Continuing our ‘In search of secret wildlife’ series, Nina Seale dives into the mysteries surrounding marine ecology and conservation, exploring the dangers that mining and industrial fishing present when so little is known about the potential impact.
We know so little about our ocean, we can’t even guess the number of zeroes we need to measure marine life.
There are currently approximately 200,000 described marine species (about 11 per cent of all described species). But there could be more than 10 million.
However, we do know that the vast accumulation of life which has evolved and flourished in our ocean plays a very important role in how we experience life on land.
The role of ocean biodiversity
An example of the effect that losing marine life can have on land can be observed with seagrass meadows. When seagrass meadows are lost, it can affect temperature and sea level, as well as the frequency of storms and hurricanes. More broadly, when coastal ecosystems collapse, there are declines in local fish catch and water quality, as well as increased coastal flooding and harmful algal blooms. In the 2004 tsunami, areas buffered by coastal forests were less damaged than areas without.
But due to the difficulty of studying our planet’s marine diversity, we cannot boast that we understand all the complex relationships between marine life great and small, the seafloor, and the aquatic environment itself.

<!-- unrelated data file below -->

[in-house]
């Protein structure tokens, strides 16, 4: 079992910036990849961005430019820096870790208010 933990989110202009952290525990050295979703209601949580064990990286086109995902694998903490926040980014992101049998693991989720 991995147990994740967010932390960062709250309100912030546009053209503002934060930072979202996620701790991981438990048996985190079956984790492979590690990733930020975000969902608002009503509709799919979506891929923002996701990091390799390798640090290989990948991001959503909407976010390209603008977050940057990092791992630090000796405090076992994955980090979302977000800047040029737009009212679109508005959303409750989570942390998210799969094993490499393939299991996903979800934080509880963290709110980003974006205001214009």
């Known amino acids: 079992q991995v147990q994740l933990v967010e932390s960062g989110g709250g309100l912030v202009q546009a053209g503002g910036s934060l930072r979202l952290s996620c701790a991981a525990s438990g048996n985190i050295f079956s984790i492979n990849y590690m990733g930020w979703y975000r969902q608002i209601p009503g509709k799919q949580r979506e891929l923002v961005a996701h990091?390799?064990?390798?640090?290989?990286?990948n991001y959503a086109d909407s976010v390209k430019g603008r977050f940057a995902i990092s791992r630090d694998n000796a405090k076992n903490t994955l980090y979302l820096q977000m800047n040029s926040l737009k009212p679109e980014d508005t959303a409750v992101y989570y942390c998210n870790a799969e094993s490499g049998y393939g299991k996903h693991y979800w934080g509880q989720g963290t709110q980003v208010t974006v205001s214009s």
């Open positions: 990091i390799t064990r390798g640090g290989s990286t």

Mysteries of the ocean
There are many examples of people exploiting ocean resources before understanding the consequences of their activities. One well-known cautionary tale is that of whaling, which has crippled many populations of whales around the world (the pre-whaling population of blue whales in the Southern Hemisphere was about 250,000, and there are now estimated to be fewer than 1,500). The decline in great whale numbers due to whaling is estimated to be at least 66 per cent and perhaps as high as 90 per cent.
So, we already came devastatingly close to losing our whales while having barely scratched the surface of understanding their ecological importance. A 2019 study published an estimate of the economic value of a great whale based on carbon capture, whale watching, and impact on the food chain, at more than USD 2 million.
Another example is that of the European eel, which was once an abundant freshwater catch in many areas of Europe and northern Africa but is now a Critically Endangered species. The life history of these eels has proved a mystery for thousands of years (ancient Egyptians believed eels were produced by the sun warming the Nile). Even now as their mysterious origins are becoming known to science, the strangeness of their story is worthy of such a long mystery. It is a fascinating tale of metamorphosis and epic journeys floating thousands of miles between the Sargasso Sea on the Gulf Stream before transforming into finger-length, transparent miniature ‘glass eels’.
However, over the past 40 years, the number of glass eels arriving in Europe has fallen by 95 per cent. Due to the complexity of the eel life cycle and many more mysteries about their ecology we have not yet understood all the reasons for their decline, but it could be due to all manner of human-related activities such as climate change, dams, overfishing, and pesticides.